The aching in my chest as I neared the field where my children once played was triggered by a severe bout of nostalgia. Esme, the fifteen month old that was with me today, ran down the slight hill into the arms of her babysitter (and my daughter), Chelsey. Time warp: I had been here before; done this before. How could time be so quickly speeding away when the memories are still so vivid? So vivid!
Chelsey, my daughter, will be 21 in two days. She was once fifteen months old running into my arms. I blinked. How can I just blink and my daughter turns from a toddler like Esme into this beautiful woman? Chelsey’s long, auburn hair glistens in the sunlight just like when she was a toddler. Her eyes are still as blue as the spring sky. Her legs, however, are long now; she is elegant. Chelsey kneels to be at eye level with Esme as Esme toddles toward her, and Chelsey’s smile is still as bright as sunshine.
Chelsey, Esme and I walked down the sidewalk, cracked and worn with life’s upheavals—this sidewalk once familiar, to a driveway that my children once ran up eagerly to meet friends. We stood in the driveway for a few moments while Esme toddled around our legs.
“I remember running up this driveway. I couldn’t wait to see Lauren,” Chelsey said.
“Yes,” I swallowed the lump.
Chelsey was watching Esme inspect outdoor life in March. I was watching movies in my mind.
I remember sidewalk chalk all over this driveway . . . I can still see the drawings.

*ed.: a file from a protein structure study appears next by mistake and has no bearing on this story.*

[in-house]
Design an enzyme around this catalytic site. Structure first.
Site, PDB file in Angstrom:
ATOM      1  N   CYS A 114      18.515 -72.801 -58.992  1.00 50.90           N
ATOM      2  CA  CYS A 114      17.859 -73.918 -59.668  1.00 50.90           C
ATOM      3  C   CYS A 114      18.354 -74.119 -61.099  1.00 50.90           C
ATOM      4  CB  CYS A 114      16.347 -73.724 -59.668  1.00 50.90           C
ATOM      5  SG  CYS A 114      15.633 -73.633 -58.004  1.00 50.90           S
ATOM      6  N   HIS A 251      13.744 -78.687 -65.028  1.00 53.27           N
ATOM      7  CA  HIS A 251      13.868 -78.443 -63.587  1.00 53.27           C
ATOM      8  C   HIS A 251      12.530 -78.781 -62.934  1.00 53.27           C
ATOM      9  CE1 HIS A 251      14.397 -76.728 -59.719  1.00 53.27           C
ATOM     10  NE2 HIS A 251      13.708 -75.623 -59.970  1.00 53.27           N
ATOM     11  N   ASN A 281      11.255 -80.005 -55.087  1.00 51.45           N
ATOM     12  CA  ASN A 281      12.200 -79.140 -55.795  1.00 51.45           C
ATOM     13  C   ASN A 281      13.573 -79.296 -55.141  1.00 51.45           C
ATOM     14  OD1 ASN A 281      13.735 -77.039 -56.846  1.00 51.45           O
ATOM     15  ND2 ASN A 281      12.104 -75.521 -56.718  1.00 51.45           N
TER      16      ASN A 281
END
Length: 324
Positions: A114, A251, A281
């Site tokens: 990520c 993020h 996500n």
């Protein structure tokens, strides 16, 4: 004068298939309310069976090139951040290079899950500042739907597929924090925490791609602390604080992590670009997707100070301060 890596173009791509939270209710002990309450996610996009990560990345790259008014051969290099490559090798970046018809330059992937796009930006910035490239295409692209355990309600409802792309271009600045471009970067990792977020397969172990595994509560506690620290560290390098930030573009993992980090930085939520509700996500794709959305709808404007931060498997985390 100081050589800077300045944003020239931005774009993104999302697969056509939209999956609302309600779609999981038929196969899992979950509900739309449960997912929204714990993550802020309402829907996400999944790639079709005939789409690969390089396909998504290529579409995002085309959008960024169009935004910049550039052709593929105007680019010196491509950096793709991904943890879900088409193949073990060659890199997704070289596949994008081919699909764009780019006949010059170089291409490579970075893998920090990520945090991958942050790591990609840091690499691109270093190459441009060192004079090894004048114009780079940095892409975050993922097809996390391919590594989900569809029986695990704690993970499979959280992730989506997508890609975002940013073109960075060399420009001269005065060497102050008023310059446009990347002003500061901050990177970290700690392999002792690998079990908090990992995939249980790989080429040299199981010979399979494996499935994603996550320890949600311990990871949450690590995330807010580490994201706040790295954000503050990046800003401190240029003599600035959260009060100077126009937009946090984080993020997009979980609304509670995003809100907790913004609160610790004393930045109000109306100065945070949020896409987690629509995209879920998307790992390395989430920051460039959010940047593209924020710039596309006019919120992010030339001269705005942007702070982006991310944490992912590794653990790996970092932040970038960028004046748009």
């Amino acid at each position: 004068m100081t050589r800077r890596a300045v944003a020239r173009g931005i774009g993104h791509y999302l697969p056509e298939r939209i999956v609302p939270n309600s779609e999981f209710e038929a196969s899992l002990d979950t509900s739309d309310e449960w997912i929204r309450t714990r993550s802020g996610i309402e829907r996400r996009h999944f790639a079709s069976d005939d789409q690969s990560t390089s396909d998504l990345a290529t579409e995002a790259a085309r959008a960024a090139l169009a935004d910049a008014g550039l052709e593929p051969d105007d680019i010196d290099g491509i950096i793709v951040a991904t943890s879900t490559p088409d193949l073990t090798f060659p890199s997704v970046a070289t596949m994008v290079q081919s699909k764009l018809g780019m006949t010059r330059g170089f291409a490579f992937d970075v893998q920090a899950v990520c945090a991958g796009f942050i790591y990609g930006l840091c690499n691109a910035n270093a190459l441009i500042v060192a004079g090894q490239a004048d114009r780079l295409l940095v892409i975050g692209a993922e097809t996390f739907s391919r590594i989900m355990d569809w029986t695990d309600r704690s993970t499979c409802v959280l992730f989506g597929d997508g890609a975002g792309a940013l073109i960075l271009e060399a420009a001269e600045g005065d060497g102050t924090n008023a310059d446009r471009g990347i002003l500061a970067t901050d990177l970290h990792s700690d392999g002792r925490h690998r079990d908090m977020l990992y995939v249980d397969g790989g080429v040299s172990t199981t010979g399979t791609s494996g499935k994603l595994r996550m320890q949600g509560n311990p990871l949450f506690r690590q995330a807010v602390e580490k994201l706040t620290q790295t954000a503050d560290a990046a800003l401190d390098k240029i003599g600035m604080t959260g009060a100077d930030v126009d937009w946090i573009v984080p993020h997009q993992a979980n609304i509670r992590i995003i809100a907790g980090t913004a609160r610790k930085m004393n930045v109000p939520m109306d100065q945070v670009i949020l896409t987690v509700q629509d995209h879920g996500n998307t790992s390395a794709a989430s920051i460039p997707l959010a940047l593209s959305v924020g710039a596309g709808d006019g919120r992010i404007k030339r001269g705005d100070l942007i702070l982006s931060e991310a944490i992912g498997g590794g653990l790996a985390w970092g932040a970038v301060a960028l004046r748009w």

And Chelsey’s doll’s head rolled down this driveway. That doll was as big as Esme is now. Chelsey was running down the driveway, and the head of that doll just fell off and rolled down the driveway to the street. It looked so real . . . like a real human head full of dark curls. My husband and I had laughed hysterically while Chelsey cried hysterically. So we duct taped the doll’s head back on, but it wouldn’t hold, so the doll’s head had frequent bouts of decapitation. Even today this memory makes me smile.
“That window,” Chelsey commented. “That window is where we would wave at people.”
I nodded, and remembered Barbies strewn all over the floor of the condo, dress up clothes in piles, and Terry and I having coffee at the table near the patio. That patio right there. The one right above us with someone else’s grill.
“So fun,” Chelsey sighed. I sighed, too. Esme sighed after us without knowing why.
My friend, Terry, and I figured out life together during those days. Our babies, Kayla and Taylor, are graduating together in two months . . . from high school! Impossible! Wasn’t it last month they were four years old in ballet class together? We blinked; they grew up. Last week they were in the Orcassis Dance program together at the high school. They are still friends, still dancing together. These frinedships are treasures!
Chelsey was off walking down the sidewalk with Esme. I was still standing in the time warp.
I caught up with them as we rounded the corner and walked away from the small condo that held so many memories. I watched Esme toddle down the walk while Chelsey followed. Now, instead of looking back, I looked forward. I could see the future . . . Chelsey as a mom . . . me as a grandma. Life has joys in every season. Every single season. This day, as I walk with my grown-up daughter, I will rejoice in today and praise the God of love, and friendship, and the giver of all good things in every season.